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First Drive

First Drive: Hyundai Tuscan PHEV

HYUNDAI TUCSON 1.6 T-GDI 265 PHEV ULTIMATE
The story: The Tucson SUV gets plug-in hybrid power in a move that Hyundai hopes will kick-start its user-chooser appeal.
Category:Small SUV
Key rival:Ford Kuga
Price:£41,975
Efficiency:201.8 mpg
Emissions:31g/km
On sale:Now

Hyundai’s attempts to move into the user-chooser segment are headlined by the new Ioniq 5 model (see page 32), but the brand is also keen that the Tucson SUV has an important role to play alongside its striking hatchback sibling.

The new Tucson, which was launched at the start of this year, now gets plug-in hybrid power to go with the petrol and hybrid powertrains that it launched with.

This PHEV powertrain takes CO2 emissions down to 31g/km, thanks to a 13.8kWh battery that will be good for up to 35 miles of EV-only running. That puts the Tucson in the 11% BiK band for this year, matching the Ford Puma, Peugeot 3008 and Vauxhall Grandland X PHEVs, although it’s behind the significantly pricier Toyota RAV4 plug-in hybrid.

The Tucson’s total of 265hp from a combination of petrol and electric motors is also more potent than any of those with which it shares a BiK band, although it is again behind the RAV4.

First Drive - September 2021 - Hyundai Tuscan PHEV - Image 6It’s quick in a straight line, although not built to be a performance SUV, and the ride is a bit floaty at times. There is also an occasional touch of hesitation as the car switches between powertrains.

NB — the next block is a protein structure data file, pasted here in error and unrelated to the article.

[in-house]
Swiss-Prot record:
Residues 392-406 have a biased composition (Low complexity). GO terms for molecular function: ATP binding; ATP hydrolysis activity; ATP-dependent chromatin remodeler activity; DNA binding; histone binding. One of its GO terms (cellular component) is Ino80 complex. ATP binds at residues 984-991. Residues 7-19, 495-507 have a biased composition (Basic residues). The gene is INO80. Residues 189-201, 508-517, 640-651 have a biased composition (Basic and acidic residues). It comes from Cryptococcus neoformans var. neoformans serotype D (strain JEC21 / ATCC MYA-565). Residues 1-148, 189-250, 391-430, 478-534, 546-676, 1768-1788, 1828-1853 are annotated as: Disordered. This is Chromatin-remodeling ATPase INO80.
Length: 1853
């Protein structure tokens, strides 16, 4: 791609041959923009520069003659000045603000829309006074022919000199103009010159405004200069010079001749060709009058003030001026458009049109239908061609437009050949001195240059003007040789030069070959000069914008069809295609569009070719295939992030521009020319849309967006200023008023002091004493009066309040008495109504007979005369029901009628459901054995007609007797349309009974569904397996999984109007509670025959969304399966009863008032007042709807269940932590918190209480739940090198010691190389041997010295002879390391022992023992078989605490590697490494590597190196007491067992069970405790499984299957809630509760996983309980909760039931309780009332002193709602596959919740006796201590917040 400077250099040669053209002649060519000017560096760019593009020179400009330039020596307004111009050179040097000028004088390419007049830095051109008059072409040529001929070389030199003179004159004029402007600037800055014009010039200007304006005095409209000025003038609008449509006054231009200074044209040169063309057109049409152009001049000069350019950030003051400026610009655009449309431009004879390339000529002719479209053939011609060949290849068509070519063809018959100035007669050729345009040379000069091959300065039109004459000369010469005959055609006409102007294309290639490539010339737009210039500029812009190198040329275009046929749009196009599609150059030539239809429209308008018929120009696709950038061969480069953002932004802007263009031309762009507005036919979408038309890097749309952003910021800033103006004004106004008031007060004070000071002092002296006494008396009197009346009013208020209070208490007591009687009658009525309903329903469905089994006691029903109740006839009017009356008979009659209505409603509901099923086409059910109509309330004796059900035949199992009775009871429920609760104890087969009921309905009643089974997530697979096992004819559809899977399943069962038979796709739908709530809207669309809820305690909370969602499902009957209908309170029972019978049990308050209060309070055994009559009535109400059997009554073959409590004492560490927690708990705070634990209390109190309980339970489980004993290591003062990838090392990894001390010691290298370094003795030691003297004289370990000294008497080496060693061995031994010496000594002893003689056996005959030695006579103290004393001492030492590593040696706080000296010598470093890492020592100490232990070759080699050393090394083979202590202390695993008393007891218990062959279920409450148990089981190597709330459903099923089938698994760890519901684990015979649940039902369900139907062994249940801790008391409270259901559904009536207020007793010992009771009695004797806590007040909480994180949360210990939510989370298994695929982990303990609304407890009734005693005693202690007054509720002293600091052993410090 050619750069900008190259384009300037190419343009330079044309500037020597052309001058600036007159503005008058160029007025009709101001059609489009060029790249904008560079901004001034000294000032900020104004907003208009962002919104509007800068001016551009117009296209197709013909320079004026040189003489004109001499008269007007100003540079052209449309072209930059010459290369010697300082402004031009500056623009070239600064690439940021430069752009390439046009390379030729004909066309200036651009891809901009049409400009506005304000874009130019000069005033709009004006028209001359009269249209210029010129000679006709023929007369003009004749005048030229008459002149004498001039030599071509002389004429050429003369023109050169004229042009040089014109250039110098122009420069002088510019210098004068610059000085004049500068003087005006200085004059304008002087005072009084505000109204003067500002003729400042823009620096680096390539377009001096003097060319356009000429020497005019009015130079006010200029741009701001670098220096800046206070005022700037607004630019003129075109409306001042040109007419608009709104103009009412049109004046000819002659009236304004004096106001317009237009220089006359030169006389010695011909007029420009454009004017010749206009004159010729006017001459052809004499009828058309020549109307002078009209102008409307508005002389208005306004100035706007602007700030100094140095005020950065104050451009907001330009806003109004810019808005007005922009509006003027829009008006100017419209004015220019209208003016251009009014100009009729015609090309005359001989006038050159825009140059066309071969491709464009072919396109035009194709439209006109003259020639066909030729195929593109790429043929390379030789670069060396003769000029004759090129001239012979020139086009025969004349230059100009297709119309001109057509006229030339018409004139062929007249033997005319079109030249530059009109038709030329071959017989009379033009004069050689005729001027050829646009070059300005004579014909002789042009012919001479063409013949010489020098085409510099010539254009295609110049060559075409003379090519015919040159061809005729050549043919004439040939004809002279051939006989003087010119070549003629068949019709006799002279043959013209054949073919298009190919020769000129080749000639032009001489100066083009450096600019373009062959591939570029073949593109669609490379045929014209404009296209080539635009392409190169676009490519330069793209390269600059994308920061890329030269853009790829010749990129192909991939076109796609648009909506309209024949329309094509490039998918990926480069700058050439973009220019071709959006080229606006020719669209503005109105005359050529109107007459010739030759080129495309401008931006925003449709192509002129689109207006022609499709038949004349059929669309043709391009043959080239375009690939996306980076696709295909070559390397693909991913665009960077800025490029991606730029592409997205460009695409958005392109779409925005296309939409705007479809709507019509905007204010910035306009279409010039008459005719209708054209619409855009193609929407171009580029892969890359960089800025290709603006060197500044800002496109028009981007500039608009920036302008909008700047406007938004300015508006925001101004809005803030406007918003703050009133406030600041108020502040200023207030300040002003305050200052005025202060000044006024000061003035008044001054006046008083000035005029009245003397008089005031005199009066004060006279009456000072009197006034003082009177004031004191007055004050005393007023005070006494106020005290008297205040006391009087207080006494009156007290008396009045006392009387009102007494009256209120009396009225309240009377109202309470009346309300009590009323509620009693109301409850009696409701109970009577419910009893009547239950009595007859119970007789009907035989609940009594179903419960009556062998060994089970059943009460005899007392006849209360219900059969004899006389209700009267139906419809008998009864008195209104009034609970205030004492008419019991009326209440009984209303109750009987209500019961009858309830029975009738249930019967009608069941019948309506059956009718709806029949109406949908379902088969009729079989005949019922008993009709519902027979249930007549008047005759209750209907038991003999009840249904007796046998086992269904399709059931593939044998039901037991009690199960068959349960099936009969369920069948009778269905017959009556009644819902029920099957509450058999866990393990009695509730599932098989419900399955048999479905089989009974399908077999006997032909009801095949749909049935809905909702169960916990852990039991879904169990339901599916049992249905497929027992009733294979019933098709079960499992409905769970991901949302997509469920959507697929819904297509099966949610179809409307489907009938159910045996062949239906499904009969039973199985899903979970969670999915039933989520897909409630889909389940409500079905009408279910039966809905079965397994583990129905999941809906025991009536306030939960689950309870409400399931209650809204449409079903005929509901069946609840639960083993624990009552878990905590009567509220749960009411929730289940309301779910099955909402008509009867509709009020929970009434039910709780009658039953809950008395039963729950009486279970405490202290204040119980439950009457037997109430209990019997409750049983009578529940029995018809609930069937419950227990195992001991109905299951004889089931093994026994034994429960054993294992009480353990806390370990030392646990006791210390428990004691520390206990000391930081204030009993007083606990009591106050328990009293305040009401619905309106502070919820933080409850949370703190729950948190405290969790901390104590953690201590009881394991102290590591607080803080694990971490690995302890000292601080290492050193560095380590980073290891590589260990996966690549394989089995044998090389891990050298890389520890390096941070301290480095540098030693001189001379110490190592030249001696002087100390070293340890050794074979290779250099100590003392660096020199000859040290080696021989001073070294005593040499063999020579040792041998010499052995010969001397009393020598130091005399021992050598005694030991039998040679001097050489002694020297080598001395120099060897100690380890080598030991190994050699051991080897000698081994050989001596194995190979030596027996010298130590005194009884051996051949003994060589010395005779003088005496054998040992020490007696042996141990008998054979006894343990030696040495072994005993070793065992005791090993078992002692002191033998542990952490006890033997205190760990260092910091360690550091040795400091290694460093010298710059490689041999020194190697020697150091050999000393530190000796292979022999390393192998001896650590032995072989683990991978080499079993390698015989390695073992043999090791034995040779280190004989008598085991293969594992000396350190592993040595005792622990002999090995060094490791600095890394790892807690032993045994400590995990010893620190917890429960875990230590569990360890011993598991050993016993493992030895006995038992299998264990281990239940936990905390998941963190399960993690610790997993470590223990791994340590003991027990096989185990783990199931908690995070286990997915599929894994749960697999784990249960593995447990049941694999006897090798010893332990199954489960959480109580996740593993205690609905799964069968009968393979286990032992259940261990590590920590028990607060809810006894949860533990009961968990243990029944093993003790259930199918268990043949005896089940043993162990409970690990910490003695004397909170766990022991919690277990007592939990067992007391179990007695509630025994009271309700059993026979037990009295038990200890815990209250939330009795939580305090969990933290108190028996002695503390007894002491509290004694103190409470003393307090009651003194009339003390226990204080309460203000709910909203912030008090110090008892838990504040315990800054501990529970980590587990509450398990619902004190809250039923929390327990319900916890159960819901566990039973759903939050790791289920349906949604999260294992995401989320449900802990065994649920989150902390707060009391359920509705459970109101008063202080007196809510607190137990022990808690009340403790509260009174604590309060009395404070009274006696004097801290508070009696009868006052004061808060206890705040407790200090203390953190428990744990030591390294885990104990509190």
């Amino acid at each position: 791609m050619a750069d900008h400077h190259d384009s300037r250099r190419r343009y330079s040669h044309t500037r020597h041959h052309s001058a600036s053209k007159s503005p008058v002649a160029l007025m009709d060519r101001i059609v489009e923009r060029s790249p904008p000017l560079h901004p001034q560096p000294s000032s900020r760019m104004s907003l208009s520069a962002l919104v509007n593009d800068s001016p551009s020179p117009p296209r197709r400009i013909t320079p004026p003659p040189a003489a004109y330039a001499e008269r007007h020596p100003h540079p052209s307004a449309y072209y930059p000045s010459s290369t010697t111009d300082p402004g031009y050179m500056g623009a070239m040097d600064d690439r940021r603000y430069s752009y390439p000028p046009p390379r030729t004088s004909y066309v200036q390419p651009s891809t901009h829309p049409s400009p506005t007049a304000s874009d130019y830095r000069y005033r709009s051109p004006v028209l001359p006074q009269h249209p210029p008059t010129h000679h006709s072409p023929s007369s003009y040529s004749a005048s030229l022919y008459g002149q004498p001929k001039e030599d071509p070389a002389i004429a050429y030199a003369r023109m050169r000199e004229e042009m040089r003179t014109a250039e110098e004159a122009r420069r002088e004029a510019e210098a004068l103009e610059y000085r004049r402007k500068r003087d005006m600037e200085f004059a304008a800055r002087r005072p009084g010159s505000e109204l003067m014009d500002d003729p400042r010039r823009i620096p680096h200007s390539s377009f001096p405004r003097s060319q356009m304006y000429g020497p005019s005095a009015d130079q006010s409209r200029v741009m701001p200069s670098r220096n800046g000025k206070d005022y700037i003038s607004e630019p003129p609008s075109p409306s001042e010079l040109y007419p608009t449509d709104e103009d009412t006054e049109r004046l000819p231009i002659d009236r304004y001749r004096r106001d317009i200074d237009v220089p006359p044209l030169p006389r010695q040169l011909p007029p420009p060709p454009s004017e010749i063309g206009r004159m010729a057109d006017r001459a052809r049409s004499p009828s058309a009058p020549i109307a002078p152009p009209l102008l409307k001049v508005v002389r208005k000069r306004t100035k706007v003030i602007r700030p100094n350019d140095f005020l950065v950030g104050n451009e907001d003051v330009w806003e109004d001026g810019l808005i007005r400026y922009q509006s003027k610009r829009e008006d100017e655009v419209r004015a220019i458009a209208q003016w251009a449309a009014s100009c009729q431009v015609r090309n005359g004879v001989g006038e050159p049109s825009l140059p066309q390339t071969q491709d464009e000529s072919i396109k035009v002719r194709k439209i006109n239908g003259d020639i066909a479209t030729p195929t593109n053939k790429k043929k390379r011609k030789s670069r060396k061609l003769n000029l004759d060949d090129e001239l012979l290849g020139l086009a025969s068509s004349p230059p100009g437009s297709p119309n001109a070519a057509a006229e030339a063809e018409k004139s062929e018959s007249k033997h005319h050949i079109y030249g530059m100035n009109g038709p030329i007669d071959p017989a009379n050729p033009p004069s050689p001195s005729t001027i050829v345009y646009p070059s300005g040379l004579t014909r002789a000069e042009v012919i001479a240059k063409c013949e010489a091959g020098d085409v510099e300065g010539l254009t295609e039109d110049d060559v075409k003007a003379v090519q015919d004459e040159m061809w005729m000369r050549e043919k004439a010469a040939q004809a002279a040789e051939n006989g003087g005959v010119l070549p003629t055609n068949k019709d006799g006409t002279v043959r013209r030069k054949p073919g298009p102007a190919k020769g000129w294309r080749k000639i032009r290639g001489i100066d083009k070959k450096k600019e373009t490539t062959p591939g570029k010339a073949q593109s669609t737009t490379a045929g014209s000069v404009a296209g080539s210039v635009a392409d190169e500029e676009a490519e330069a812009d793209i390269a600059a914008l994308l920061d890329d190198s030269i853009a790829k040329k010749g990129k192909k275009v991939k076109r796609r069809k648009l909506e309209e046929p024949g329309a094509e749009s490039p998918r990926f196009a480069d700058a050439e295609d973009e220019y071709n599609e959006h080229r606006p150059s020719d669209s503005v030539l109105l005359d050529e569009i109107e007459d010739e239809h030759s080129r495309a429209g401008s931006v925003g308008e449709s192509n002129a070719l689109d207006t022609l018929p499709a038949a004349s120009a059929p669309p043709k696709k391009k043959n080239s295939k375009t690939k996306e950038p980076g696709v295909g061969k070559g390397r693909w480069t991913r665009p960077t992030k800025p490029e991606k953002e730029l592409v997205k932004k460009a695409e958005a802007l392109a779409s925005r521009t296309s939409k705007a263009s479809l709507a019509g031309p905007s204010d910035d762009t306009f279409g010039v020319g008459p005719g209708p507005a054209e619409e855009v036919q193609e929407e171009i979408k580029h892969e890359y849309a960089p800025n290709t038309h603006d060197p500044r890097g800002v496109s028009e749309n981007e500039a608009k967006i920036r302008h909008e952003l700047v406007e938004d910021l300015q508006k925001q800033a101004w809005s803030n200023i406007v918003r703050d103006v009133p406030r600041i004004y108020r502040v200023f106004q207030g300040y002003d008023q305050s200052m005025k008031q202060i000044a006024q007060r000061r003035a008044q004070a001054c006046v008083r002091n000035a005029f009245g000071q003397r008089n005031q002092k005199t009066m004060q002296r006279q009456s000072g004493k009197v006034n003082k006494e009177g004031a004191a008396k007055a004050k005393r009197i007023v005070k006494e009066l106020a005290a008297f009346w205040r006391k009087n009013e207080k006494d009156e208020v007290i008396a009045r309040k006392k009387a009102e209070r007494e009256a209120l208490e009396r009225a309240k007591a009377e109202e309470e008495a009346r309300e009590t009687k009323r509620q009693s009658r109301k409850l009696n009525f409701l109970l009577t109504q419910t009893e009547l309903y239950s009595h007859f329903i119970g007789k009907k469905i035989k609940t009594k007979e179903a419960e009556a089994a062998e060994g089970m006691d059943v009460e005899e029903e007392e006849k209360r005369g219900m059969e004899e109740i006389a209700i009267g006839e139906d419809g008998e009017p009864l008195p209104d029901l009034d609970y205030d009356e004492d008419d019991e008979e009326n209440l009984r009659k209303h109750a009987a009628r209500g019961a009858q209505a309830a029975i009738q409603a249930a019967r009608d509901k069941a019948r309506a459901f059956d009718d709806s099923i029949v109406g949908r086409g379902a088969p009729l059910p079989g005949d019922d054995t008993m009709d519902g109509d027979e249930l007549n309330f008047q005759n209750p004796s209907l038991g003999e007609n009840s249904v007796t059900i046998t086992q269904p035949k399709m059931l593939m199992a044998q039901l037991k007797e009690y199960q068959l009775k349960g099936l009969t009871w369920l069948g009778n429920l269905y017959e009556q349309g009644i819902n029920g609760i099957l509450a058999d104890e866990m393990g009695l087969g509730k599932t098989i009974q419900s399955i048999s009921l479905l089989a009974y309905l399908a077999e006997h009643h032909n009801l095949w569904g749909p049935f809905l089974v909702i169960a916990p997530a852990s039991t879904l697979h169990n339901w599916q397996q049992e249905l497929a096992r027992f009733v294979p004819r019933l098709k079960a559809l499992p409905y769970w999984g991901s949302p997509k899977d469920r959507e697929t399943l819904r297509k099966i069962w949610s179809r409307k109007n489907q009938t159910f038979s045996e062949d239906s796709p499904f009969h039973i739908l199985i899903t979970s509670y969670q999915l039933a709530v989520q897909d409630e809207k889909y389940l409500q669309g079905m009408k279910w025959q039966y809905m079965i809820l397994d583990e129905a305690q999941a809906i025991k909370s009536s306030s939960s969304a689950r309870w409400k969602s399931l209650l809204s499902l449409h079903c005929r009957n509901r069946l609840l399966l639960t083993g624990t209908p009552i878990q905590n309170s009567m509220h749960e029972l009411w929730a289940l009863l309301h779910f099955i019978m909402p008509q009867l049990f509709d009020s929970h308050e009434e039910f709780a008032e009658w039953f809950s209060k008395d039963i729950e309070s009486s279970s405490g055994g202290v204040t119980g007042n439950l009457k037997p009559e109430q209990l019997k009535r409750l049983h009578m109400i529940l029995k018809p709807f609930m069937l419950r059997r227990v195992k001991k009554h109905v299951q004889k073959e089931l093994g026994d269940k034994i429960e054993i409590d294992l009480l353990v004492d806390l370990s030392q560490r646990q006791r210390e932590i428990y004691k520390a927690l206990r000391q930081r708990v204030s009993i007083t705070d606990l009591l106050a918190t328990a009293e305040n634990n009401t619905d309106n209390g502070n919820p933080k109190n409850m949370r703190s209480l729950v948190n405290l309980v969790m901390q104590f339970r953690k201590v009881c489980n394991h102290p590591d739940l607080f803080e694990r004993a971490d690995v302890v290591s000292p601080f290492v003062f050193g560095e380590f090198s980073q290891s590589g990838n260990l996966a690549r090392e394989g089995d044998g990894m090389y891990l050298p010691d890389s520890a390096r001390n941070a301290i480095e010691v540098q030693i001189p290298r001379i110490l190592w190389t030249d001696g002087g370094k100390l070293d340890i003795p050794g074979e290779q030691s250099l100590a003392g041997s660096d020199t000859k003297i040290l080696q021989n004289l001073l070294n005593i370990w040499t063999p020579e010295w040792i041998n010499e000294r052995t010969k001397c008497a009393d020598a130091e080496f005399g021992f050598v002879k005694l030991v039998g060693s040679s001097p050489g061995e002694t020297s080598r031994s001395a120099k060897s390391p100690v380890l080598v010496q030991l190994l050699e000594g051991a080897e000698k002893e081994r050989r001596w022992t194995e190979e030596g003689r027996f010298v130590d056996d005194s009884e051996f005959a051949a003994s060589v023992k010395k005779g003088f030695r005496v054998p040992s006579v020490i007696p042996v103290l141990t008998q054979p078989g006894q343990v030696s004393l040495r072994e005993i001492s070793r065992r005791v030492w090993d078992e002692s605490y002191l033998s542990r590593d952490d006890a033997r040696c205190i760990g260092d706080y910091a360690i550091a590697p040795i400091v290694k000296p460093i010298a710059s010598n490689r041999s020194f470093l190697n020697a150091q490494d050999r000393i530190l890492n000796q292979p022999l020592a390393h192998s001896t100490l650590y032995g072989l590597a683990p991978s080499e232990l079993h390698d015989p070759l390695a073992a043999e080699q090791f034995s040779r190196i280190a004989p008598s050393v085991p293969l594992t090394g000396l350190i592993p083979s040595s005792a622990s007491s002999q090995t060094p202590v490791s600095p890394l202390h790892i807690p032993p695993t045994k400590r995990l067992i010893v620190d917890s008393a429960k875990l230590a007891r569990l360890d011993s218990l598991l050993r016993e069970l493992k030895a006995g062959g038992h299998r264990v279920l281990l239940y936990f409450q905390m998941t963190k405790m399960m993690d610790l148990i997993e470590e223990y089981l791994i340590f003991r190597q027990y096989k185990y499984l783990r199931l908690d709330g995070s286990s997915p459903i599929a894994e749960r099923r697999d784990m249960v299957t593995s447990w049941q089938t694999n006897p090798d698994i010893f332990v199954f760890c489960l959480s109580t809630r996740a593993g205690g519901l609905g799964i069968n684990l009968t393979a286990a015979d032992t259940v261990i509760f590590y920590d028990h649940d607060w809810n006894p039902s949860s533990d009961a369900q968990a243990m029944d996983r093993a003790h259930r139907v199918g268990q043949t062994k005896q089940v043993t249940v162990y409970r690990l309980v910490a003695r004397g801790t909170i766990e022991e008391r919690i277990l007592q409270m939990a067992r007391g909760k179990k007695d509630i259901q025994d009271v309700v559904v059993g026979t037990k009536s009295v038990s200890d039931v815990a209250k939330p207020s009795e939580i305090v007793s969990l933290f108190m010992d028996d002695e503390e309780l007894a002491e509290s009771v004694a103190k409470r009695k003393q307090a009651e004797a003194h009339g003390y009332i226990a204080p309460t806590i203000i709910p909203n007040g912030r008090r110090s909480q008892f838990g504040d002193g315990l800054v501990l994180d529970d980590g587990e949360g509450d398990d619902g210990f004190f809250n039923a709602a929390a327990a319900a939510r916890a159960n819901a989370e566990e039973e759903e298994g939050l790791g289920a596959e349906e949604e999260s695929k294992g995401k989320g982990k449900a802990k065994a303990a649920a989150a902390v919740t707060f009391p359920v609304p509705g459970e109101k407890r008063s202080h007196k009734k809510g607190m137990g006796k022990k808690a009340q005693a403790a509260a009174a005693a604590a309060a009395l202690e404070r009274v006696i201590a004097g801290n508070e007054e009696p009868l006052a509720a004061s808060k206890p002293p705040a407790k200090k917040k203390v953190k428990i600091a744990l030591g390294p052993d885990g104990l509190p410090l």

The boot space drops by just 19 litres to 558 with the addition of the PHEV powertrain, and the boot floor looks higher than expected, but there’s still a hefty amount of luggage space. This stat becomes even more impressive when you realise the Tucson is actually a bit smaller than some of its rivals.

Rear room is also surprisingly good, and the interior is neat overall while offering a good mix of material quality.

The car comes in Premium or Ultimate specs at first, with the lower of the two ducking below £40,000, and a sportier-styled N Line trim level will join the range imminently.

But it’s the front styling in particular that grabs the attention, with the lighting incorporated into the grille design in an eye-catching way. The rear is more conventional, but still attractive, and makes for a SUV that stands out.

 

paul barker

 

 

The verdict

The Tucson’s move into PHEV power opens up another low-CO2 and low-BiK SUV for corporate fleets and drivers not quite ready to go full electric.